The Asia-Pacific Journal of Ophthalmology

Asia-Pacific Journal of Ophthalmology:

Issue 6, November/December 2018 Review Article

The Rationale for Selective Laser Trabeculoplasty in Africa

Realini, Tony; Olawoye, Olusola; Kizor-Akaraiwe, Nkiru; Manji, Selina; Sit, Arthur



Author Information


From the *West Virginia University Eye Institute, Morgantown, WV; †Department of Ophthalmology, College of Medicine, University of Ibadan, Nigeria; ‡Enugu State University Teaching Hospital, Enugu, Nigeria; §Global Health Program, McMaster University, Hamilton, Ontario, Canada; and ¶Mayo Clinic, Rochester, MN.


Reprints: Tony Realini, West Virginia University Eye Institute, Morgantown, WV. 
E-mail: realinia@wvumedicine.org.



Abstract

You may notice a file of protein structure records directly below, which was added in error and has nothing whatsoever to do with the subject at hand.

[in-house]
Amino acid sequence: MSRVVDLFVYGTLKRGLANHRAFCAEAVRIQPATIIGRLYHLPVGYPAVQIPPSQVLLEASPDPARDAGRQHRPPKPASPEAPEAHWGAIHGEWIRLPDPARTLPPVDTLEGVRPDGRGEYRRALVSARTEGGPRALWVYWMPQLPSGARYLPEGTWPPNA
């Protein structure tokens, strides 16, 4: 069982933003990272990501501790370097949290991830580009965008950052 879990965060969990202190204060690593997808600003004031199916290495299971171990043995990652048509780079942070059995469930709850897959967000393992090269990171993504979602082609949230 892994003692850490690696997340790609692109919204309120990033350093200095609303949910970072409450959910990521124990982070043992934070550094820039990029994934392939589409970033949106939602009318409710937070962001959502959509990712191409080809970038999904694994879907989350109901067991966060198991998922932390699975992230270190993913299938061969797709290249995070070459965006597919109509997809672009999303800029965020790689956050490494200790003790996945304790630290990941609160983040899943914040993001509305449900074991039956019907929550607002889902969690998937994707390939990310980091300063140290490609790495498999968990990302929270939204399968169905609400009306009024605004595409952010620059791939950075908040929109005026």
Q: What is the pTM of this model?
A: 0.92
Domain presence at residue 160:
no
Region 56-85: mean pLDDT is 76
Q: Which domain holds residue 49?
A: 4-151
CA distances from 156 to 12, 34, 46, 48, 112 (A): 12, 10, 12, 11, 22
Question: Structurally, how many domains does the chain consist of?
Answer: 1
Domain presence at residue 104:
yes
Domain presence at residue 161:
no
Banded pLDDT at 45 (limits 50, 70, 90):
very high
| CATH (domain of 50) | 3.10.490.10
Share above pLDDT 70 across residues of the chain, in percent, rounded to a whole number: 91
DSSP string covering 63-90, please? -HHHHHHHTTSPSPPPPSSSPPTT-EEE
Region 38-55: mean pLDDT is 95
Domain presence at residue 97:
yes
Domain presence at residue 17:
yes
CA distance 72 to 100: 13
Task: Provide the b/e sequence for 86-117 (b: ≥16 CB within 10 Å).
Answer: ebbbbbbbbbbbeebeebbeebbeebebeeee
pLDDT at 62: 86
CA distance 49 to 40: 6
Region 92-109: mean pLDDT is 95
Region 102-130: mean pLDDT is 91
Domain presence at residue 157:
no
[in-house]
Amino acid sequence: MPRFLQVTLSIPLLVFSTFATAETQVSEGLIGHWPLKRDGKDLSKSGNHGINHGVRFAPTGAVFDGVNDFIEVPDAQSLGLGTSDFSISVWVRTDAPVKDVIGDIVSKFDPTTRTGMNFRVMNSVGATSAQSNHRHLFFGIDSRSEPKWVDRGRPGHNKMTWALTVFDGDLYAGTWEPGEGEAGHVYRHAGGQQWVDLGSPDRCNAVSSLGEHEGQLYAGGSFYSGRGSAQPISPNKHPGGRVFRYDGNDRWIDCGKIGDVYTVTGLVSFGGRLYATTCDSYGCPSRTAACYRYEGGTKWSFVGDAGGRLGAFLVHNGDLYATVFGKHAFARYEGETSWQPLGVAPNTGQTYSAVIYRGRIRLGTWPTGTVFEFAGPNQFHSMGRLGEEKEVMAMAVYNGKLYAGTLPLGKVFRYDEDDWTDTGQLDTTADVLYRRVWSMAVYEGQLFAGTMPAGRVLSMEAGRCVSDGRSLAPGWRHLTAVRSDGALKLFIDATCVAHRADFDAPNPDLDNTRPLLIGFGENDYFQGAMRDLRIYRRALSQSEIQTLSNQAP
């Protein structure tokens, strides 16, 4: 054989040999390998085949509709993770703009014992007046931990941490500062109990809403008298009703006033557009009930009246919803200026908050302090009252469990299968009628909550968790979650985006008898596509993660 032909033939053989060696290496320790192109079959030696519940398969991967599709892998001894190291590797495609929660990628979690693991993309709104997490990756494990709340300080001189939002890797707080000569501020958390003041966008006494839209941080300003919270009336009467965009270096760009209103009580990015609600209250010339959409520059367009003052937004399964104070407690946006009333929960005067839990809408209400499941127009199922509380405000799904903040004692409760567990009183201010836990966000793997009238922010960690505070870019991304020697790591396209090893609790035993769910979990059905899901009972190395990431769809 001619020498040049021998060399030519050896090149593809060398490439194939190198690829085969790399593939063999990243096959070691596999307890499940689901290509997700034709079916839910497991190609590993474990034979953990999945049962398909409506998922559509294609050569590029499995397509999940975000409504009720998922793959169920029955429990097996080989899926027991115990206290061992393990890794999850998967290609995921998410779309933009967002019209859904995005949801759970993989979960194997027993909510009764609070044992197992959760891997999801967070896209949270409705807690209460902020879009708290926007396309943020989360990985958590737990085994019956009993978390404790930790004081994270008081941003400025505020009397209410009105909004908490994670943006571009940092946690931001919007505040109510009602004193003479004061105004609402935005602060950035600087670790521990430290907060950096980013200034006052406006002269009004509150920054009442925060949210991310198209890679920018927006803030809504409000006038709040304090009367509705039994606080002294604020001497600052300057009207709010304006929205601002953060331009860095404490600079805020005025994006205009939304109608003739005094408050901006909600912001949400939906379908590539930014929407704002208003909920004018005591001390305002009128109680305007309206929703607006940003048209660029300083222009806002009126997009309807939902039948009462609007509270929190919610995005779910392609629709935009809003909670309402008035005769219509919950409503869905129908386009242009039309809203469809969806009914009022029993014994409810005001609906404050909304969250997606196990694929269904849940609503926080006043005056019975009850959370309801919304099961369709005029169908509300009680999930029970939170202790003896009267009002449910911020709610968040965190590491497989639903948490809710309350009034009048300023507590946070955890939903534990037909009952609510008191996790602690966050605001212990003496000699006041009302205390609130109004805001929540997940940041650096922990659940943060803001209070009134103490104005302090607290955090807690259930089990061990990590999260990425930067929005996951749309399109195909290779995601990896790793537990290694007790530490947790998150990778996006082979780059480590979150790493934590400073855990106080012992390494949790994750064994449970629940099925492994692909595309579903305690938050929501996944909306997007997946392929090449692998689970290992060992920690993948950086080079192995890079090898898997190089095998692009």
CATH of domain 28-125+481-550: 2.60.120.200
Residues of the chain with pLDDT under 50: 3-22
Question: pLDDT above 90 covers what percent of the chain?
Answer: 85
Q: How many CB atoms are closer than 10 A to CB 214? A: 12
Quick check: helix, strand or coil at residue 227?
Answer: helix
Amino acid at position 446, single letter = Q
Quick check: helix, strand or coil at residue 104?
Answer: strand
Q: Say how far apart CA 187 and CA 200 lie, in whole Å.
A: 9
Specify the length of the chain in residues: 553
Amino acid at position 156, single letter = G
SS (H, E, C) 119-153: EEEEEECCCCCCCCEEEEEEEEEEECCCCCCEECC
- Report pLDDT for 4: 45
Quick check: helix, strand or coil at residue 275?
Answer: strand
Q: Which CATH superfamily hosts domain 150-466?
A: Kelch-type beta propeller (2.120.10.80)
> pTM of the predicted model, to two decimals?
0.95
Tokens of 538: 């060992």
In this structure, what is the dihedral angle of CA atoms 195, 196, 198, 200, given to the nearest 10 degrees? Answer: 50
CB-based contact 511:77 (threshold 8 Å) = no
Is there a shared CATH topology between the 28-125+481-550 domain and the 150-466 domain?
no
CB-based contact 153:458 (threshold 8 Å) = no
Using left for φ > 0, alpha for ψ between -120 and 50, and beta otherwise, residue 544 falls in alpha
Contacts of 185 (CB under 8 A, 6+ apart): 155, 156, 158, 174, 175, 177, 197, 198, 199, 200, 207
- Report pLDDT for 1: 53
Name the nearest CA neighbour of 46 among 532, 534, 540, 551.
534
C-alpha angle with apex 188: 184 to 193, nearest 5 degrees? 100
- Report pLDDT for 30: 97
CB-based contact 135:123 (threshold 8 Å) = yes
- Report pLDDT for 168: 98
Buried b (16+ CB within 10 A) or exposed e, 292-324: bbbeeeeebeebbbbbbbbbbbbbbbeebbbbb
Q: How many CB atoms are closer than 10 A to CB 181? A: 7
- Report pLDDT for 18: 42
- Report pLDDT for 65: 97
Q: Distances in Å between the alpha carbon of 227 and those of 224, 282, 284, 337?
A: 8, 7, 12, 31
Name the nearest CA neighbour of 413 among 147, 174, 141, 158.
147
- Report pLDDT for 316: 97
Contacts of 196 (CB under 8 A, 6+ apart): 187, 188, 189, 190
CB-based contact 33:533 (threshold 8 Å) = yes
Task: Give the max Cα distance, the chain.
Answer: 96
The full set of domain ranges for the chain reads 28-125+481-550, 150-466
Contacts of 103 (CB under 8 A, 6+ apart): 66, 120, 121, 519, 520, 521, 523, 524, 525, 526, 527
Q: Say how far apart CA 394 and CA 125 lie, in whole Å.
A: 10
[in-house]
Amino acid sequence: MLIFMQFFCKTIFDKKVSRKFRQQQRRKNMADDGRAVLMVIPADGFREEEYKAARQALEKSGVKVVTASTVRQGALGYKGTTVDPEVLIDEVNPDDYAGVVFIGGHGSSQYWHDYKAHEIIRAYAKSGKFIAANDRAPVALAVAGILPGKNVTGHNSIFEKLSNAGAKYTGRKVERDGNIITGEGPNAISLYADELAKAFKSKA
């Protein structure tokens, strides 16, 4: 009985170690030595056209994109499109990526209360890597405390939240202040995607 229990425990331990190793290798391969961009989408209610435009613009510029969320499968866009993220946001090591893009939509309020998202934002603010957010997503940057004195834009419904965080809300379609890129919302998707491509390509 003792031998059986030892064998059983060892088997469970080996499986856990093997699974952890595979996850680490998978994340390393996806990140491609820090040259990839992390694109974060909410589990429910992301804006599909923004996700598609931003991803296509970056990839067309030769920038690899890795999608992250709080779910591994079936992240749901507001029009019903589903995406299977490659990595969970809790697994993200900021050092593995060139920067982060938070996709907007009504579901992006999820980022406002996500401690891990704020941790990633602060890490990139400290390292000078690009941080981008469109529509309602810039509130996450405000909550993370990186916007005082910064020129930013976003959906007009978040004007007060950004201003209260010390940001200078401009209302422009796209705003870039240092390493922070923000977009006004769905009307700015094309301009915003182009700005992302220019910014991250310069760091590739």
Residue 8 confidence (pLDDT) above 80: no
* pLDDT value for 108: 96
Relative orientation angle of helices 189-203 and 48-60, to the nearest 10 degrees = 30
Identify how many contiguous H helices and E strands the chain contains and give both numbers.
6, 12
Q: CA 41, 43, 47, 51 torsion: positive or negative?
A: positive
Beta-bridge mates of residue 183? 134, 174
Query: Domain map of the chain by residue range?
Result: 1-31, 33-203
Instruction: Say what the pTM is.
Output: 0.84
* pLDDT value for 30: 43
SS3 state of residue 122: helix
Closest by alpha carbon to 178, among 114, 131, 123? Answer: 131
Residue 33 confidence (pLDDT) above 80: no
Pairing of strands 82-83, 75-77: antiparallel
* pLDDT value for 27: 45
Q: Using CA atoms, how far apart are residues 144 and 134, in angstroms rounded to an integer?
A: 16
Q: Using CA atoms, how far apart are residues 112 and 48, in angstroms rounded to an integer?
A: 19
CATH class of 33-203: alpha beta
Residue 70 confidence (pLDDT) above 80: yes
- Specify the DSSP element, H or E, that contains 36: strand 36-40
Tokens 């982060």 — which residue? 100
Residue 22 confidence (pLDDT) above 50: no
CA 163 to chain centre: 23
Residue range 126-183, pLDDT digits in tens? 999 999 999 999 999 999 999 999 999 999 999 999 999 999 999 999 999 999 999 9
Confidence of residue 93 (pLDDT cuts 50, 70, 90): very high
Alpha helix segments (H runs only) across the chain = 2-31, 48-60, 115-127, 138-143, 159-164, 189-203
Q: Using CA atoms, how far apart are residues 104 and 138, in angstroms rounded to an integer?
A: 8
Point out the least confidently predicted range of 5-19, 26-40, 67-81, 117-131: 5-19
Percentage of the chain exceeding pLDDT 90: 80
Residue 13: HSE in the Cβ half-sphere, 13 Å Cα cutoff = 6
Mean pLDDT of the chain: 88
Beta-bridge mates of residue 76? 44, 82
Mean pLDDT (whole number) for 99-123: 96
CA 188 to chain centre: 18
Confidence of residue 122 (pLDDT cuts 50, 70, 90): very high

Glaucoma is the leading cause of irreversible blindness in Africa. The condition is treatable but not curable. There are numerous obstacles to glaucoma care in Africa, including availability, accessibility and affordability of treatments, as well as medication nonadherence among patients. Medical therapy is costly relative to the average income in Africa and it requires daily self-dosing by patients. Surgery is of limited availability in many regions in Africa, and a high proportion of patients refuse surgery because it is expensive. Selective laser trabeculoplasty (SLT) proves to be a favorable alternative to medical or surgical care, as it is highly effective and safe in people of African descent, more cost-effective than medical therapy, quick and easy to perform, and portable. The procedure also requires no postoperative care, thus obviates the issue of nonadherence. In uncontrolled studies, SLT has a high response rate and it lowers intraocular pressure by 30% to 40%, which exceeds the goal in international guidelines for initial therapies. The African Glaucoma Consortium (AGC), a member-driven stakeholder collective, has been formed in part to develop the infrastructure for continent-wide improvements in glaucoma care. It embraces SLT as a potential key tool in their development plans. The mission of AGC includes improving clinical care by educating existing and new health care professionals to expand the provider network, by conducting trials to identify optimal care strategies for glaucoma in Africa, and by facilitating the development of an integrated network of Centers of Excellence to bring SLT and other crucial glaucoma therapies to communities throughout Africa.




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